In ‘Uncoupled,’ Neil Patrick Harris reimagines life as a single gay man in N.Y.C.

More than eight years after ending his run as legendary straight cad Barney Stinson on CBS’s “How I Met Your Mother,” Emmy-winning actor Neil Patrick Harris has returned to the sitcom format in Netflix’s “Uncoupled,” playing a gay man who doesn’t want to be reintroduced to the New York City dating scene after being unceremoniously dumped by his partner of 17 years.

Created by Darren Star (“Sex and the City”) and Jeffrey Richman (“Frasier,” “Modern Family”), “Uncoupled” — premiering Friday — follows Michael Lawson (Harris), a successful New York City real estate agent whose perfect life. is thrown into disarray when his longtime partner, Colin (Tuc Watkins), moves in unexpectedly on the eve of his 50th birthday. During the night, Michael has to face two nightmares: he loses the man he thought was his partner and he is forced to navigate the digital and generational gap of coming out as a newly single gay man in his mid-40s.

Harris — who rose to fame as a wunderkind doctor on “Doogie Howser, M.D.” but received critical acclaim for his dramatic roles in “Gone Girl,” “It’s a Sin” and “A Series of Unfortunate Events” — he’s always been open to tackling projects that vary in genre and scope. Last summer, he received a text from his agent asking him to read a pilot script for a romantic comedy that Star and Richman had initially written without a particular actor in mind.

“Once we finished the pilot, we knew Neil Patrick Harris was the only actor we wanted,” Richman wrote in an email. “He challenged us in a very positive way by asking really intelligent questions about [the] character and the story that we had to come up with answers to. It just made the writing better.”

After admiring Star’s expansive body of work and working with Richman on the short-lived NBC sitcom “Stark Raving Mad” at the turn of the century, Harris jumped at the chance to join the writers television veterans in a contemporary show that will be filming in New York, where he lives with his husband, David Burtka, and their two young children.

The script he read “was contemporary and casual and fun, and yet it made me cringe,” Harris told NBC News in a recent video interview. For the 49-year-old actor, who is in a “super long-term relationship” with Burtka, the immediate appeal of the show, apart from the creators, lied in the opportunity to explore an alternative version of his own life: ” It’s almost a ‘what if my life took a radical turn?’ story,” he said.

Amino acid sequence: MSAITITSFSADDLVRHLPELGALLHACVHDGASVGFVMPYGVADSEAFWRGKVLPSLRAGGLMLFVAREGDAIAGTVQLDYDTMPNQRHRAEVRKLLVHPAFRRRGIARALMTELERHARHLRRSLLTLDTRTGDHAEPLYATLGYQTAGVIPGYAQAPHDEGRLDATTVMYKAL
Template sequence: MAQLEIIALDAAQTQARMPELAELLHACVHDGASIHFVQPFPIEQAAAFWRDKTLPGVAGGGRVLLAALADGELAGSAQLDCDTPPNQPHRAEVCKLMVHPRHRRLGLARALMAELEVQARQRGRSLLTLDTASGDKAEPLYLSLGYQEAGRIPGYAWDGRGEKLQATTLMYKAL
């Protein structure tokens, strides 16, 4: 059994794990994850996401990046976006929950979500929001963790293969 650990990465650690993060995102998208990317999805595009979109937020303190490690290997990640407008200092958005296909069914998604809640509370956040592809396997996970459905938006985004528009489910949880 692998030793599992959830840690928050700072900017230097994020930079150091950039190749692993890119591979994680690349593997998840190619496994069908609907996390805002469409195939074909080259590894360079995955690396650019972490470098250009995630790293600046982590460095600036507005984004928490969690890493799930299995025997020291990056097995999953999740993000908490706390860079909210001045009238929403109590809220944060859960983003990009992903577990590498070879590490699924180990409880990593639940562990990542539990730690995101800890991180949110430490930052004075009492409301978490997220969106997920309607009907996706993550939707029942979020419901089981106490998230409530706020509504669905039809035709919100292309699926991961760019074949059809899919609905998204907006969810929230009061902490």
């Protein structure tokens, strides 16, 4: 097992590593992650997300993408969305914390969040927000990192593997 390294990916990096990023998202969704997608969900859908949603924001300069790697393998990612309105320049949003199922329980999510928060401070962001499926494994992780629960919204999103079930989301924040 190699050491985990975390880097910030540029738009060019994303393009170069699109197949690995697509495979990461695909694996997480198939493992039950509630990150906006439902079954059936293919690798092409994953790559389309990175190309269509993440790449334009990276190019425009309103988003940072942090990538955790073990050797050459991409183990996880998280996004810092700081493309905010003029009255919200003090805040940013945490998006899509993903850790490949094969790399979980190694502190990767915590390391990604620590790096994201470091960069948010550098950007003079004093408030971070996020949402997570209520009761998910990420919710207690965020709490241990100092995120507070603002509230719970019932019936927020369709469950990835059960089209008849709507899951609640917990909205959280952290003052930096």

As he struggles with the grief and denial of being “uncoupled,” Harris’ character, Michael, struggles with the politics of gay dating in today’s society — the transactional nature of hookups, ir -unwritten rules of etiquette on various apps.

The harrowing experience of being thrown into “a whole other world” and forced to learn on his own was something the creative team really wanted to convey, according to Harris, who likened Michael’s struggles to adapt to the dating world that it always changes with his. own struggles with the evolution of messaging.

“When you’re dating people who are decidedly younger than you, who’ve been doing it this way for a long time, it’s a learning curve, and I think learning curve comedy is always pretty universal,” he said. .

Having begun his courtship with Burtka in 2004, long before the prevalence of dating apps, Harris says he is equal parts “impressed” and “horrified” by contemporary courtship concerns, adding that he feels lucky to “get ahead. all the distractions” that caused a shorter attention span.

“I find it very sexy and titillating that very specific kinks and desires can be openly negotiated and discussed and compared,” Harris said. “Many times, back when you were just going on a date with someone, it was very awkward to reveal what you like, and that wasn’t the first or second conversation about a date. That was like, ‘We really got to know each other, and now we’re going to talk about, ‘Oh, I wish I hadn’t done that,’ or ‘I really like when this. it happens.’ But that’s all now, isn’t it? … That’s exciting.”